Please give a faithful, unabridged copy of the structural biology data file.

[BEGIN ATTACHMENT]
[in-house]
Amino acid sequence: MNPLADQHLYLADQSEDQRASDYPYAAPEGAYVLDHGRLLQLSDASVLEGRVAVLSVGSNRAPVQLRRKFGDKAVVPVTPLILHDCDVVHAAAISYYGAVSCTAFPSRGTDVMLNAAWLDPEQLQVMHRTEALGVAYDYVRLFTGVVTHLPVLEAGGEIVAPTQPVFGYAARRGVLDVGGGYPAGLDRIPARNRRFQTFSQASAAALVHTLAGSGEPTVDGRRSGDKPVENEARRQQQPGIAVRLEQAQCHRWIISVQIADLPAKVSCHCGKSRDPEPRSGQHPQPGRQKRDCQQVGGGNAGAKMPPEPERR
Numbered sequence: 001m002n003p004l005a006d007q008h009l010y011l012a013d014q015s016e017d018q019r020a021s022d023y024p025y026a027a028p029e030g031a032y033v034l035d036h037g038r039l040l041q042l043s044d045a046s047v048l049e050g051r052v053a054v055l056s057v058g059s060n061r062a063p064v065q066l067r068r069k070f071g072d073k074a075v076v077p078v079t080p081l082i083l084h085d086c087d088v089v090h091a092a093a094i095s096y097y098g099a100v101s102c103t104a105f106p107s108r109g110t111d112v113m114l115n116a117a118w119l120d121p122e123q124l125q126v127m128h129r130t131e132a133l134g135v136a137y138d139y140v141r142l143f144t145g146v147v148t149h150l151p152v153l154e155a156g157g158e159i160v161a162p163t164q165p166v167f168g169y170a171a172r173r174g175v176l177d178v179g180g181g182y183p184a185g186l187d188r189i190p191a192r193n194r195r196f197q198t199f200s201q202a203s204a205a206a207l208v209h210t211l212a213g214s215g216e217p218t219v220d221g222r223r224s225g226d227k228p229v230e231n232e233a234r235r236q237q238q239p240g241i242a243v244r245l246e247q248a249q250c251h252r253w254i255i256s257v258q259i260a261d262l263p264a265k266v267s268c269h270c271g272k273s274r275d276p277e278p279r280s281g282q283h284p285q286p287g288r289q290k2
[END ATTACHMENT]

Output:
[in-house]
Amino acid sequence: MNPLADQHLYLADQSEDQRASDYPYAAPEGAYVLDHGRLLQLSDASVLEGRVAVLSVGSNRAPVQLRRKFGDKAVVPVTPLILHDCDVVHAAAISYYGAVSCTAFPSRGTDVMLNAAWLDPEQLQVMHRTEALGVAYDYVRLFTGVVTHLPVLEAGGEIVAPTQPVFGYAARRGVLDVGGGYPAGLDRIPARNRRFQTFSQASAAALVHTLAGSGEPTVDGRRSGDKPVENEARRQQQPGIAVRLEQAQCHRWIISVQIADLPAKVSCHCGKSRDPEPRSGQHPQPGRQKRDCQQVGGGNAGAKMPPEPERR
Numbered sequence: 001m002n003p004l005a006d007q008h009l010y011l012a013d014q015s016e017d018q019r020a021s022d023y024p025y026a027a028p029e030g031a032y033v034l035d036h037g038r039l040l041q042l043s044d045a046s047v048l049e050g051r052v053a054v055l056s057v058g059s060n061r062a063p064v065q066l067r068r069k070f071g072d073k074a075v076v077p078v079t080p081l082i083l084h085d086c087d088v089v090h091a092a093a094i095s096y097y098g099a100v101s102c103t104a105f106p107s108r109g110t111d112v113m114l115n116a117a118w119l120d121p122e123q124l125q126v127m128h129r130t131e132a133l134g135v136a137y138d139y140v141r142l143f144t145g146v147v148t149h150l151p152v153l154e155a156g157g158e159i160v161a162p163t164q165p166v167f168g169y170a171a172r173r174g175v176l177d178v179g180g181g182y183p184a185g186l187d188r189i190p191a192r193n194r195r196f197q198t199f200s201q202a203s204a205a206a207l208v209h210t211l212a213g214s215g216e217p218t219v220d221g222r223r224s225g226d227k228p229v230e231n232e233a234r235r236q237q238q239p240g241i242a243v244r245l246e247q248a249q250c251h252r253w254i255i256s257v258q259i260a261d262l263p264a265k266v267s268c269h270c271g272k273s274r275d276p277e278p279r280s281g282q283h284p285q286p287g288r289q290k2